Thursday, December 6, 2012

St. Nicholas Day

So, "on December 6, 1809, the public was offered a chance to buy copies of A History of New York, by Diedrich Knickerbocker, a mysterious old gent they'd read about in the newspaper. Folks so delighted in his comical retelling of the colonial past and the way he poked fun at modern politicians that the book was an instant success – for Washington Irving, of course.
   He made up [Mr. Knickerbocker] the author, wrote the book, and made sure that it came out on the feast day of Sinterklaas (St. Nicholas), who was much loved by NY's Dutch colonists.  The good saint had always been pictured as a tall, thin bishop riding a white horse - that is, until W.I., in his book, gave us a stout, jolly St. Nick, who 'rode over the tops of the trees, in that self-same wagon wherein he brings his yearly presents to children.'"
    The above is a passage from my picture book bio of bon vivant, diplomat Washington Irving, published a few years back by the Nat'l Geographic Society, quoted here in honor of my book, of course, AND this being St. Nicholas Day, and my wanting to point out that Clement Clarke Moore got his notion of jolly St. Nick from Wash Irving, America's first international celebrity author, who also wrote the spooky Legend of Sleepy Hollow; who, by the way, almost singlehandedly popularized the notion of a traditional, wassail-slurping, mistletoe-smooching, sleigh-riding, Yule-log-flickering, Merrie Olde English Christmas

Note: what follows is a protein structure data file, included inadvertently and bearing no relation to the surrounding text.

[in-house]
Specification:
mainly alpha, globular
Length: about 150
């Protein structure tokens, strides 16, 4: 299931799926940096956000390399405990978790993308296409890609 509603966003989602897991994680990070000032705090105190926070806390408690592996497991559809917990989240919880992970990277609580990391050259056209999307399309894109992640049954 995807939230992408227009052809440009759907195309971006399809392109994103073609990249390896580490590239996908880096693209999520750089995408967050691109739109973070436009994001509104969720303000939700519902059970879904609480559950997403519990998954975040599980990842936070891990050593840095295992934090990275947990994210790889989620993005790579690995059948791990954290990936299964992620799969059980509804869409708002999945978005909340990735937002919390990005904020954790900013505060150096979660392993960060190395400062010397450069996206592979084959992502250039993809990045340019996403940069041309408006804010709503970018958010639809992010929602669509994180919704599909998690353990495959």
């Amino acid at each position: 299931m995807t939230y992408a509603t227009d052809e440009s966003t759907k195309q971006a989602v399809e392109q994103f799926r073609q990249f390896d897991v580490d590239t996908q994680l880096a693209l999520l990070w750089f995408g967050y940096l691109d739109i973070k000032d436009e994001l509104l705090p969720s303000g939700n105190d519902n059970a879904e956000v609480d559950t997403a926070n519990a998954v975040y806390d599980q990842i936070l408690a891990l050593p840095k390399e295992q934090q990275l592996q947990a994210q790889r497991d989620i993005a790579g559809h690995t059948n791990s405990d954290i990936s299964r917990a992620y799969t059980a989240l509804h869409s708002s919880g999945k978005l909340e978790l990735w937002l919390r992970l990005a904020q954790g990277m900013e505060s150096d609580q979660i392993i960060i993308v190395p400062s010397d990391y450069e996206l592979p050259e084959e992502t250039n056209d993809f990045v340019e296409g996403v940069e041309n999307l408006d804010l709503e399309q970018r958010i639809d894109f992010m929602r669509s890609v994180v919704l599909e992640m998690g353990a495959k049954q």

And, by the by, consider this list of a few notable individuals who entered the world's stage on the 6th of December: the great French magician Jean Eugene Robert-Houdin (1805 - did you know that the great Houdini took that stage name in honor of Robert-Houdin? Well he did.)),  character actress Agnes Moorehead  (1900), Prohibition-era gangster, Lester Joseph Gillis, a.k.a. "Baby Face" Nelson, and journalist/literary critic/poet, Joyce Kilmer (1886), whose parents named their little boy 'Joyce.' Should you happen to click onto the Wikipedia link you'll discover that this man, mostly remembered these days, if at all, for having written a lovely little poem about trees, was a member of NY's "Fighting 69th" Infantry Regiment.  Sergeant Kilmer was 31 years old when he was killed in WWI, in the summer of 1918 at the Second Battle of the Marne. Just for you to know.  
Sgt. Alfred Joyce Kilmer

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